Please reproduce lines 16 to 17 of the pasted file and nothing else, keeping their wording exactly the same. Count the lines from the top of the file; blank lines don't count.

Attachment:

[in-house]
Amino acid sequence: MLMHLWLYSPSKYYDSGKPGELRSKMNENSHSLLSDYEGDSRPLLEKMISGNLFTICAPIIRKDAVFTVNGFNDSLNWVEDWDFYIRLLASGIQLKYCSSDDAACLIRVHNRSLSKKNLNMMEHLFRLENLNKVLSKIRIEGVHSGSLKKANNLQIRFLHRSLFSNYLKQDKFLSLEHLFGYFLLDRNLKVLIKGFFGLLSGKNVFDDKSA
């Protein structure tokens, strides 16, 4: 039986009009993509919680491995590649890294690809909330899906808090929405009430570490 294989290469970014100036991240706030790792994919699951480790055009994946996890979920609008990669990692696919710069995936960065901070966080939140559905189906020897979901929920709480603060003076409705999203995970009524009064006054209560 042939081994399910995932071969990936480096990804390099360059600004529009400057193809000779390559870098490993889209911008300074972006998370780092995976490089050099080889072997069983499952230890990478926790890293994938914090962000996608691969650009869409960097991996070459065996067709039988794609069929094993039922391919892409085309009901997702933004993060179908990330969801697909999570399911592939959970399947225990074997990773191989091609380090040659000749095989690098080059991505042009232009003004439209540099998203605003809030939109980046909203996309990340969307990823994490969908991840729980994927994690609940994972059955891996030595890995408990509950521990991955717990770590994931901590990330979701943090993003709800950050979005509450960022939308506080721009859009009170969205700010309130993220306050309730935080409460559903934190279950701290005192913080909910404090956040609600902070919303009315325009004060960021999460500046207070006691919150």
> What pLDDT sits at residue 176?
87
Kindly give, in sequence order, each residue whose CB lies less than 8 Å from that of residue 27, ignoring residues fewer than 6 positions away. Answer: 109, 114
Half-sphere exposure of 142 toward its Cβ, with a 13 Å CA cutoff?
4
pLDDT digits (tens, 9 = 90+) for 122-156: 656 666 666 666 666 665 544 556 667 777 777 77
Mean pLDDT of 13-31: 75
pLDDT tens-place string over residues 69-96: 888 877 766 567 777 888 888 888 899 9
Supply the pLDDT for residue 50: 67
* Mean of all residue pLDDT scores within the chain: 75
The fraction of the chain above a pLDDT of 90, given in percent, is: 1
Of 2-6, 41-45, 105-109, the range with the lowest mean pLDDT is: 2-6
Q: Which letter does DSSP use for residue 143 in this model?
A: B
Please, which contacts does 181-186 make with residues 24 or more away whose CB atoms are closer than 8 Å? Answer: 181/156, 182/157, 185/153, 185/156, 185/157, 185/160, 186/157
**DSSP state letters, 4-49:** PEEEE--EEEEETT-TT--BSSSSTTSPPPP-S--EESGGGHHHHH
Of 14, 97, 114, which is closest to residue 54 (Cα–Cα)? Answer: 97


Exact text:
Q: Which letter does DSSP use for residue 143 in this model?
A: B